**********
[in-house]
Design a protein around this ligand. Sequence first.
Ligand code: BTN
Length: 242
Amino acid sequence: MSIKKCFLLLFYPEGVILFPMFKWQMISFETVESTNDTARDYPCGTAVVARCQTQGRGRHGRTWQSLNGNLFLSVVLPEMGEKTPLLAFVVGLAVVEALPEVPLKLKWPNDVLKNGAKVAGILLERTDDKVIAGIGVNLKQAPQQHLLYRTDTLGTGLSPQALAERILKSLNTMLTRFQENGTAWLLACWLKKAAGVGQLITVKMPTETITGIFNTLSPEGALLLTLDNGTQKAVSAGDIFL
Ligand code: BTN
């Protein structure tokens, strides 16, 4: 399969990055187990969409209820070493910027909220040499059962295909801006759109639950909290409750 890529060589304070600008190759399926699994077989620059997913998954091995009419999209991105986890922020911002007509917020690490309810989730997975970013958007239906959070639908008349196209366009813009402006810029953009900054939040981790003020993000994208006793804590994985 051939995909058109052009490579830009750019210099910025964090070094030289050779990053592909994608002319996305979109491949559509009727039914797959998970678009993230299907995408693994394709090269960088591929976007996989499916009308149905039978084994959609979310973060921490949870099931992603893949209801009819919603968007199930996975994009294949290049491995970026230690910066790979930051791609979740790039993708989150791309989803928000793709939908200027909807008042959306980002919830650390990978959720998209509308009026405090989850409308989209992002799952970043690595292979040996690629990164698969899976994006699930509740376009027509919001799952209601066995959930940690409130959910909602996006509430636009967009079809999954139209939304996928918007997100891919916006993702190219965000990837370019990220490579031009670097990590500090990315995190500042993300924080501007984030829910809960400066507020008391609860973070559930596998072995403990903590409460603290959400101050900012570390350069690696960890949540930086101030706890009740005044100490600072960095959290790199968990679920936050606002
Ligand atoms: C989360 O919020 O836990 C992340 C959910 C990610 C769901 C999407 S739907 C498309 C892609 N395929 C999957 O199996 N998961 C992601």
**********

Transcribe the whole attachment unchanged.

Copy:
[in-house]
Design a protein around this ligand. Sequence first.
Ligand code: BTN
Length: 242
Amino acid sequence: MSIKKCFLLLFYPEGVILFPMFKWQMISFETVESTNDTARDYPCGTAVVARCQTQGRGRHGRTWQSLNGNLFLSVVLPEMGEKTPLLAFVVGLAVVEALPEVPLKLKWPNDVLKNGAKVAGILLERTDDKVIAGIGVNLKQAPQQHLLYRTDTLGTGLSPQALAERILKSLNTMLTRFQENGTAWLLACWLKKAAGVGQLITVKMPTETITGIFNTLSPEGALLLTLDNGTQKAVSAGDIFL
Ligand code: BTN
């Protein structure tokens, strides 16, 4: 399969990055187990969409209820070493910027909220040499059962295909801006759109639950909290409750 890529060589304070600008190759399926699994077989620059997913998954091995009419999209991105986890922020911002007509917020690490309810989730997975970013958007239906959070639908008349196209366009813009402006810029953009900054939040981790003020993000994208006793804590994985 051939995909058109052009490579830009750019210099910025964090070094030289050779990053592909994608002319996305979109491949559509009727039914797959998970678009993230299907995408693994394709090269960088591929976007996989499916009308149905039978084994959609979310973060921490949870099931992603893949209801009819919603968007199930996975994009294949290049491995970026230690910066790979930051791609979740790039993708989150791309989803928000793709939908200027909807008042959306980002919830650390990978959720998209509308009026405090989850409308989209992002799952970043690595292979040996690629990164698969899976994006699930509740376009027509919001799952209601066995959930940690409130959910909602996006509430636009967009079809999954139209939304996928918007997100891919916006993702190219965000990837370019990220490579031009670097990590500090990315995190500042993300924080501007984030829910809960400066507020008391609860973070559930596998072995403990903590409460603290959400101050900012570390350069690696960890949540930086101030706890009740005044100490600072960095959290790199968990679920936050606002
Ligand atoms: C989360 O919020 O836990 C992340 C959910 C990610 C769901 C999407 S739907 C498309 C892609 N395929 C999957 O199996 N998961 C992601």